Aftermath[edit]

The Tomb of the Unknown Soldier in Athens. The inscription "731" can be seen in the last row of the stone carved text on the left.

The Battle of Hill 731 has been described as the Verdun of the Greco-Italian War,[10] whereas others referred to it as the new Thermopylae. It was a bloody struggle, with soldiers often engaging in close quarters combat and fighting with whatever they had at hand. The ferocious ground and air bombardment transformed the hill's landscape, eliminating all trees and reducing its height by 2 meters: present day altitude is 729 meters.

The Greek army defeated the Italian counter-attack of March 1941, inflicting heavy casualties. Shortly after, the German invasion of Greece through Bulgaria (Operation Marita) began on the 6 April, creating a second front. Greece had received a small reinforcement from British forces based in Egypt, in anticipation of the German invasion. Greek forces were outnumbered and most troops were still at the Albanian front. The Bulgarian defensive line did not receive adequate reinforcements and was soon overrun. The Germans outflanked the Greek forces on the Albanian border, forcing their surrender and British Empire forces began a retreat. For several days Allied troops contained the German advance on the Thermopylae pass, allowing ships to be prepared to evacuate the British force. The Germans reached Athens on the 27 April and completed the conquest of Greece with the capture of Crete a month later. As a result, Greece was occupied by the military forces of Germany, Italy and Bulgaria until late 1944.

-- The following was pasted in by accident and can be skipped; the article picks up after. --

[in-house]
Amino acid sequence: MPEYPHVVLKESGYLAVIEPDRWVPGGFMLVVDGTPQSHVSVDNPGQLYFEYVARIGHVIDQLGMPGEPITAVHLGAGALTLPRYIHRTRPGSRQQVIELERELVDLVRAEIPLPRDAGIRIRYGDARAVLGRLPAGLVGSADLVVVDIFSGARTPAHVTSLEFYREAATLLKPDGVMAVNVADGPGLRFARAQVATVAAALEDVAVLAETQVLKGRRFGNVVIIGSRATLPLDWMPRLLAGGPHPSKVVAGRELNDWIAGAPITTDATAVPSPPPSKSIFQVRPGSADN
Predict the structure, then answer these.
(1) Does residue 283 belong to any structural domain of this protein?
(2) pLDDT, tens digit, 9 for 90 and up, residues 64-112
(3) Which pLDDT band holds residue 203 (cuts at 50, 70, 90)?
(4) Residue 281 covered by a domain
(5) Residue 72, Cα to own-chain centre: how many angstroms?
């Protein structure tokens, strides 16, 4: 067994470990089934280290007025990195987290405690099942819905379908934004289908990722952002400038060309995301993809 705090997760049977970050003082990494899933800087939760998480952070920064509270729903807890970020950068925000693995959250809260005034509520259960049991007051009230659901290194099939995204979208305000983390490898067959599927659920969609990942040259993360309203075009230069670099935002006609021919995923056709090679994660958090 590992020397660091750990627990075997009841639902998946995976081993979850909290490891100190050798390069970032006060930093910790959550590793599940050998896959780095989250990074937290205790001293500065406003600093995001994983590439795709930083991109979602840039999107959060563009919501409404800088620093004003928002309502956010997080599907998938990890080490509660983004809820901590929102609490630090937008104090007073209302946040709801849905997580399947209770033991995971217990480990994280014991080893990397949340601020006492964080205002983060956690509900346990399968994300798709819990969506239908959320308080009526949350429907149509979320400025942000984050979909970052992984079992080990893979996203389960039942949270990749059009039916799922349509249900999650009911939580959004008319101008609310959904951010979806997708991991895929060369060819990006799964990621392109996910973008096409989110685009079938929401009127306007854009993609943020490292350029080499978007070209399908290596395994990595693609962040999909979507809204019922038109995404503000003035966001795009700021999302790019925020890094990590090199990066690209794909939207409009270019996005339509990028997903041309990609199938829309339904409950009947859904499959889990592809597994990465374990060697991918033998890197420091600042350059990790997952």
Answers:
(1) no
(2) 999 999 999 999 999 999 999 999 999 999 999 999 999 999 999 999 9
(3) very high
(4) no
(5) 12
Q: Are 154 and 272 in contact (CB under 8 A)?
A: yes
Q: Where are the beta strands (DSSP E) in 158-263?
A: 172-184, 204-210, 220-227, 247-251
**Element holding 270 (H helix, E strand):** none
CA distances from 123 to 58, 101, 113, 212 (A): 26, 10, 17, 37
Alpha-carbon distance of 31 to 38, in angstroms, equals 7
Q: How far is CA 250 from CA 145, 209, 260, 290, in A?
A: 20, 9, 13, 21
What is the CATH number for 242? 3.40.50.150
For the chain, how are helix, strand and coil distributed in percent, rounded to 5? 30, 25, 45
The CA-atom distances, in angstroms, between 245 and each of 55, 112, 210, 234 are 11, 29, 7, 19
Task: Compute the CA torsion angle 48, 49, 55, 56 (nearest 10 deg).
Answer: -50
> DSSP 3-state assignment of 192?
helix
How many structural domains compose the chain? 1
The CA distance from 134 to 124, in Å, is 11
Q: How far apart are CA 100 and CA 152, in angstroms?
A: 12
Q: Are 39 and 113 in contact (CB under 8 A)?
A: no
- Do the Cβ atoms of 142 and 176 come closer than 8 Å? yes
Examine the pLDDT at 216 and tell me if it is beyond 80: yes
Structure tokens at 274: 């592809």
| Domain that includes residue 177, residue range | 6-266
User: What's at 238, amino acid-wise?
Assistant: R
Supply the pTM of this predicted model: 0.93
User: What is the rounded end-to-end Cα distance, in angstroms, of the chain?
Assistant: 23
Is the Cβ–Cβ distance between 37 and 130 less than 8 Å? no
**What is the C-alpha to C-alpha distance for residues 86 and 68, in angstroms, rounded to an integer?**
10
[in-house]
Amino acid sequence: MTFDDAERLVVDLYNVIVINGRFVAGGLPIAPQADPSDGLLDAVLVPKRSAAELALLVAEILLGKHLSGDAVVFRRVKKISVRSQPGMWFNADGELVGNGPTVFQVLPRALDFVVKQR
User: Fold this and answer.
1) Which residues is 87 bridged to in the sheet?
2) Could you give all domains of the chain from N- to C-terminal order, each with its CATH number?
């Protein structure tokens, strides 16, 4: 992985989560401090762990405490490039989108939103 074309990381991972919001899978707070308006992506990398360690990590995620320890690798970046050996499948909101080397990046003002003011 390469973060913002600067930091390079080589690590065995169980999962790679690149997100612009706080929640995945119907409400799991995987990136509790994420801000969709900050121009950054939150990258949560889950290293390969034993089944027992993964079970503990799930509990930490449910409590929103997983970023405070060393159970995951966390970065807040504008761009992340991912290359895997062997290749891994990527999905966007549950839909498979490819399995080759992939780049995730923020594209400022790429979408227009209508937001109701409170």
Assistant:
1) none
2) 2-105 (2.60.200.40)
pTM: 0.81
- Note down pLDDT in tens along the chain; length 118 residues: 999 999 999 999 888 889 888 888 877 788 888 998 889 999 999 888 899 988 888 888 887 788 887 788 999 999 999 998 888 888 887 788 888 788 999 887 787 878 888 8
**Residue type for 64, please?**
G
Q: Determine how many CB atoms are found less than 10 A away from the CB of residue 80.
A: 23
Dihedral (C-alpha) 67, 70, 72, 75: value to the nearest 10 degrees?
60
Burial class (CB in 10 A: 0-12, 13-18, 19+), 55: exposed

Footnotes[edit]

  1. ^ Ιστ. Ελ. Εθν. 1978, pp. 441-442.
  2. ^ Carr 2013, pp. 139–162.
  3. ^ ΓΕΣ 1997.
  4. ^ Gedeon 2001, pp. 27–28.
  5. ^ Gedeon 2001, pp. 29–30.
  6. ^ a b Gedeon 2001, p. 30.
  7. ^ Tzouvalas 2007.
  8. ^ Gedeon 2001, p. 31.
  9. ^ Carr 2013, p. 157.
  10. ^ Terzakis 1990, p. 142.

See also[edit]

References[edit]

  • Ιστορία Ελληνικού Έθνους [History of the Greek Nation] (in Greek). ΙΕ' (15). Αθήνα: Εκδοτική Αθηνών. 1978.
  • Carr, John (August 19, 2013). The Defence and Fall of Greece 1940–41. Pen and Sword. ISBN 1781591814.
  • Gedeon, Dimitrios (2001). "Ο Ελληνοϊταλικός Πόλεμος 1940–41: Οι χερσαίες επιχειρήσεις". Ο Ελληνικός Στρατός και το Έπος της Βορείου Ηπείρου [The Greco-Italian War 1940–1941: The Ground Operation] (in Greek). Athens: Periskopio. ISBN 960-86822-5-8.
  • An Abridged History of the Greek-Italian and Greek-German War, 1940–1941 (Land Operations). Hellenic Army General Staff, Army History Directorate. 1997.
  • Terzakis, Angelos (1990). The Greek Epic: 1940 – 1941. Hellenic Army General Staff, 7th Staff Office.
  • Τζουβαλάς, Γεώργιος (2007). Ὕψωμα 731: Μάρτιος – Απρίλιος 1941. Εταιρεία Μελέτης Ελληνικής Ιστορίας.

External links[edit]

Coordinates: 40°26′12.0″N 20°05′06.0″E / 40.436667°N 20.085000°E / 40.436667; 20.085000